Our experience of love, care and belonging are formed by our relationships in the civil sphere, not by the state or the market. Our lives are subsequently shaped, battered and sometimes improved by the state and the market, but the primary formation of our unique selves and our values is the work of civil society.

Given the importance of civil society to our personal and social life, how is it possible that the Great and the Good at Davos can confuse all this with the CEOs of NGOs? In fairness, they are reflecting wider trends that have been developing for decades, and which have privileged the NGO component of this universe. This is not an accident. When the larger NGOs began speaking the same language as the managerial elites of the public and private sectors, they were embraced as long lost cousins. The rest of civil society—the  dispersed and anonymous mix of relational ties and associations that shape our personal and social lives—is  invisible to politicians, governments and public policy elites.

Ironically, the official recognition of civil society by these elites is an impediment to civil society’s regeneration. Instead of re-discovering the diversity of civil society and its importance for nurturing personal and social well-being, the Great and the Good have embraced a reductive, hollowed-out, managerial definition while ignoring the continued incursion of states and markets into the civil sphere of life.

The fact is that centralised states and concentrated markets are corroding civil society and colonizing the all-important voluntary and relational components of social life. In higher-income countries, many not-for-profit organisations have been turned into service delivery instruments for the state. In lower-income countries, a large proportion of NGOs have become instruments for the delivery of foreign aid. In both settings, transactional dealings have overturned relational models of functioning. NGOs drawn into these processes have become corporatised beyond recognition and detached from their founding purpose and culture.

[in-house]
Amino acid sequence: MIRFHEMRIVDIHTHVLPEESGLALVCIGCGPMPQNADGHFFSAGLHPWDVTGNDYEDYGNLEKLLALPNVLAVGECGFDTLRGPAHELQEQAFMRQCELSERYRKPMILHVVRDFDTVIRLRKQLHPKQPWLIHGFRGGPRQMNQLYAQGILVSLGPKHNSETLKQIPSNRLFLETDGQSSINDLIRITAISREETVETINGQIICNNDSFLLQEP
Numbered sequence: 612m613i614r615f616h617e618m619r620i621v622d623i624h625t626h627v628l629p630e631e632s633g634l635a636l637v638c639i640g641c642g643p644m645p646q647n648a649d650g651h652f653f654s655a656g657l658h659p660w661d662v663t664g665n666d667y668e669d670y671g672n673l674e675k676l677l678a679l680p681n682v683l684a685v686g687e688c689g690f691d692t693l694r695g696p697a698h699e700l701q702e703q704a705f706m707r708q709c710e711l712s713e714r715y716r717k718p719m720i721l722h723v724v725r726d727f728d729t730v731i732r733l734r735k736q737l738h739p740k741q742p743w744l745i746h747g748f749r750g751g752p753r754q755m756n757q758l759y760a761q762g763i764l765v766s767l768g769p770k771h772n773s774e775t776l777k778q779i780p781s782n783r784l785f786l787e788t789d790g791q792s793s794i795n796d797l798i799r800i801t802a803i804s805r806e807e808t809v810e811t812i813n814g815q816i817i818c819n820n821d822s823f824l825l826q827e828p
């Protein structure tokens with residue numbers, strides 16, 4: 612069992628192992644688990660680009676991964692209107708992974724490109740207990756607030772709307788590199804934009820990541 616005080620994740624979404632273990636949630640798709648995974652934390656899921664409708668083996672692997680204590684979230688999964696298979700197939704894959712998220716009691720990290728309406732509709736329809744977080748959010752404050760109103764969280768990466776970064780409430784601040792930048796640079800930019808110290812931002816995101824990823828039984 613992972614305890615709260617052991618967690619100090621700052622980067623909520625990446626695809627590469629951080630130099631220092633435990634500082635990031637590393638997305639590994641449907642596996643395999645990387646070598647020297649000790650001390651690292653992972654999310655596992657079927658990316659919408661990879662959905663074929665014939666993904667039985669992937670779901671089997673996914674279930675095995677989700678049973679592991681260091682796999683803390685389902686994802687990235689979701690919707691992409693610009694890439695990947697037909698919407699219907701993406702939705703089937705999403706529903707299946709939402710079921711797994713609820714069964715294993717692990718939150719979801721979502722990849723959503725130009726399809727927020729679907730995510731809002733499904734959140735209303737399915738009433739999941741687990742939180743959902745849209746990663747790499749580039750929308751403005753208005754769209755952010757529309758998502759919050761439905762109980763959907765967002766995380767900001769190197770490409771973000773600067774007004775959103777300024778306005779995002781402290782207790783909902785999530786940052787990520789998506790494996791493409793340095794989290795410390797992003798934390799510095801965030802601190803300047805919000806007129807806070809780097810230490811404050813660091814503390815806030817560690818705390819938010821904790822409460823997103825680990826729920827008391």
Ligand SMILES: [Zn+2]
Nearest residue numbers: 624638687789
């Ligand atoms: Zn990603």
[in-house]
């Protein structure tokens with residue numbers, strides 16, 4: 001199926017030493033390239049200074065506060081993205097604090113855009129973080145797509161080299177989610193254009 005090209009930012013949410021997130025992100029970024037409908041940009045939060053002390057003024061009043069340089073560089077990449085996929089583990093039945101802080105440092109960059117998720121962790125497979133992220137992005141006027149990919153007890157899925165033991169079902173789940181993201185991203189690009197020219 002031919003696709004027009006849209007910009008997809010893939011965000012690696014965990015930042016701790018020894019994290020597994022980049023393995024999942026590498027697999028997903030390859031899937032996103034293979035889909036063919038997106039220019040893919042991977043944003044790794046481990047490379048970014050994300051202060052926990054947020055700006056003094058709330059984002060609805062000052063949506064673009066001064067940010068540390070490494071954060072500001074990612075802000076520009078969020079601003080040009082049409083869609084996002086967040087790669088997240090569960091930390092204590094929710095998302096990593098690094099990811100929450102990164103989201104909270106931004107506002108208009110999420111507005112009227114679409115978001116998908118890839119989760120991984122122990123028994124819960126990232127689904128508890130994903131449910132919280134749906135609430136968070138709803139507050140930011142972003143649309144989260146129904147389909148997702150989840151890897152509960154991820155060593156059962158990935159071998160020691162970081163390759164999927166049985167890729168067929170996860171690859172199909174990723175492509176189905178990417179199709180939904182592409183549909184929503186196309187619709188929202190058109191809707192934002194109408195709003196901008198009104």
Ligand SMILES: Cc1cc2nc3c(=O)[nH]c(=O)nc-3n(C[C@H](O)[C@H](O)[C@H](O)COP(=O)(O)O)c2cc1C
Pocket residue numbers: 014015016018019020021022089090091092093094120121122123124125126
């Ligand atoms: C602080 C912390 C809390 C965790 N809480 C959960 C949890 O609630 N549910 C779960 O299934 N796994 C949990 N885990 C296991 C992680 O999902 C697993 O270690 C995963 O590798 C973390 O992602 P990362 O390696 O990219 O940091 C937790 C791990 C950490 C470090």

What then is to be done? One thing is clear: regulation is not the answer. Government regulators tend to be drawn from the same managerial culture that has overtaken the not-for-profit sector, and they have a habit of reproducing that culture in their diagnoses.

Nor is reform likely to come from established political movements of Left or Right. In the transformations of the last 40 years civil society was ignored across the political spectrum. It had few defenders against the colonisations of state and market. For its part, the Left was quite comfortable with the capture of civil society by the post-1970s managerial class, because this generation of managers tended to identify with the political Left: the capture of civil society was one component of Rudi Deutschke's now largely completed “Long March through the Institutions.”

But the Right was equally comfortable with the rise of the managerial class: it embraced extensions of managerial culture across charities, universities, philanthropy, religious and sporting bodies under the promise of more 'efficiency', leaner management and better business discipline in areas thought to need these changes. In a very real sense, Left and Right combined in driving the anti civil society revolution.

It is now clear that the regeneration of civil society can come only from civil society itself—from  citizens, volunteers, residents, carers, neighbours, parents, activists, mentors and donors—whose  agency and participation in social life is voluntary, associational and relational in character, and is therefore free from vested industry interests. But can such a diverse universe get organised and mobilised sufficiently to do the job?

For a long period civil society itself was poorly conceptualized and lacked a self-generated leadership capable of articulating its critical importance to personal and social well-being. This made it very vulnerable to capture by the managerial class in the four decades that followed the 1970s. In part, the decentralized and diffuse nature of civil society made it difficult to connect and organise its various constituent parts.

Today, in an age of distributed networks and powered by the internet, the costs and logistical difficulties of linking disparate components together have more chance of being overcome. It may be possible to connect vast social constituencies anchored in communities, with deep pools of cultural and intellectual resources, and extensive networks of networks, without imposing centralized direction or top-down regulation.

Intellectually, it is possible to conceptualise a common voice and agenda for civil society around the authentic representation of itself in the public arena and a reversal of the power transfers from civil society to states and markets that have characterized much of the last century. Technologically, it is now much more feasible to activate this common voice and agenda.

Imagine the collective power of civil society if it organised itself in pursuit of this agenda. It would have the elites at Davos quaking in their boots.